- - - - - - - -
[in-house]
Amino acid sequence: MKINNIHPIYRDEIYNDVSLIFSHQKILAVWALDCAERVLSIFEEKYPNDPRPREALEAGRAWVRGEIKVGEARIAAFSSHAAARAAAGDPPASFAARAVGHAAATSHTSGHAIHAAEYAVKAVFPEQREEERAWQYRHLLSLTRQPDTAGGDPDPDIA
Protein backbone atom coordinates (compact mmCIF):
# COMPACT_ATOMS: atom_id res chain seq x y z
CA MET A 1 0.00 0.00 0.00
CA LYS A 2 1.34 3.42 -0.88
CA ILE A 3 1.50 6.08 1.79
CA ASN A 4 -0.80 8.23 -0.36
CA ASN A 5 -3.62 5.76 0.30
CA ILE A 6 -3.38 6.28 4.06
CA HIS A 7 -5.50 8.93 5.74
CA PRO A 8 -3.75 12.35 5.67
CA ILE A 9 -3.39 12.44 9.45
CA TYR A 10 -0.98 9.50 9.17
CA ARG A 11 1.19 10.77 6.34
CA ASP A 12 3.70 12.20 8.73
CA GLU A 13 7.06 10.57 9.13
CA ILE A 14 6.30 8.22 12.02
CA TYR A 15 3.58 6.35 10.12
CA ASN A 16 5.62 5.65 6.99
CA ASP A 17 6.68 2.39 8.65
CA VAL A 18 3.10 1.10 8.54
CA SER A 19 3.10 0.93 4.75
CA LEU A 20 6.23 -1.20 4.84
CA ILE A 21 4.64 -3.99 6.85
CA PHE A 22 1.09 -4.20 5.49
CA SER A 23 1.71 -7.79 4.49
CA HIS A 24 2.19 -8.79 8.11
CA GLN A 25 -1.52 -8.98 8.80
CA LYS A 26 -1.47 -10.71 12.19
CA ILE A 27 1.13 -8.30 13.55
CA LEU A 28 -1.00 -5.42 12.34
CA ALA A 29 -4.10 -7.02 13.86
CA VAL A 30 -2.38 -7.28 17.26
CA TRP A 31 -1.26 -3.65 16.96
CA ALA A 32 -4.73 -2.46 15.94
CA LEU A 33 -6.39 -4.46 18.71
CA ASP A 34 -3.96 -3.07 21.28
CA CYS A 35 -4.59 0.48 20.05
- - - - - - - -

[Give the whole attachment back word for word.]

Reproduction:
[in-house]
Amino acid sequence: MKINNIHPIYRDEIYNDVSLIFSHQKILAVWALDCAERVLSIFEEKYPNDPRPREALEAGRAWVRGEIKVGEARIAAFSSHAAARAAAGDPPASFAARAVGHAAATSHTSGHAIHAAEYAVKAVFPEQREEERAWQYRHLLSLTRQPDTAGGDPDPDIA
Protein backbone atom coordinates (compact mmCIF):
# COMPACT_ATOMS: atom_id res chain seq x y z
CA MET A 1 0.00 0.00 0.00
CA LYS A 2 1.34 3.42 -0.88
CA ILE A 3 1.50 6.08 1.79
CA ASN A 4 -0.80 8.23 -0.36
CA ASN A 5 -3.62 5.76 0.30
CA ILE A 6 -3.38 6.28 4.06
CA HIS A 7 -5.50 8.93 5.74
CA PRO A 8 -3.75 12.35 5.67
CA ILE A 9 -3.39 12.44 9.45
CA TYR A 10 -0.98 9.50 9.17
CA ARG A 11 1.19 10.77 6.34
CA ASP A 12 3.70 12.20 8.73
CA GLU A 13 7.06 10.57 9.13
CA ILE A 14 6.30 8.22 12.02
CA TYR A 15 3.58 6.35 10.12
CA ASN A 16 5.62 5.65 6.99
CA ASP A 17 6.68 2.39 8.65
CA VAL A 18 3.10 1.10 8.54
CA SER A 19 3.10 0.93 4.75
CA LEU A 20 6.23 -1.20 4.84
CA ILE A 21 4.64 -3.99 6.85
CA PHE A 22 1.09 -4.20 5.49
CA SER A 23 1.71 -7.79 4.49
CA HIS A 24 2.19 -8.79 8.11
CA GLN A 25 -1.52 -8.98 8.80
CA LYS A 26 -1.47 -10.71 12.19
CA ILE A 27 1.13 -8.30 13.55
CA LEU A 28 -1.00 -5.42 12.34
CA ALA A 29 -4.10 -7.02 13.86
CA VAL A 30 -2.38 -7.28 17.26
CA TRP A 31 -1.26 -3.65 16.96
CA ALA A 32 -4.73 -2.46 15.94
CA LEU A 33 -6.39 -4.46 18.71
CA ASP A 34 -3.96 -3.07 21.28
CA CYS A 35 -4.59 0.48 20.05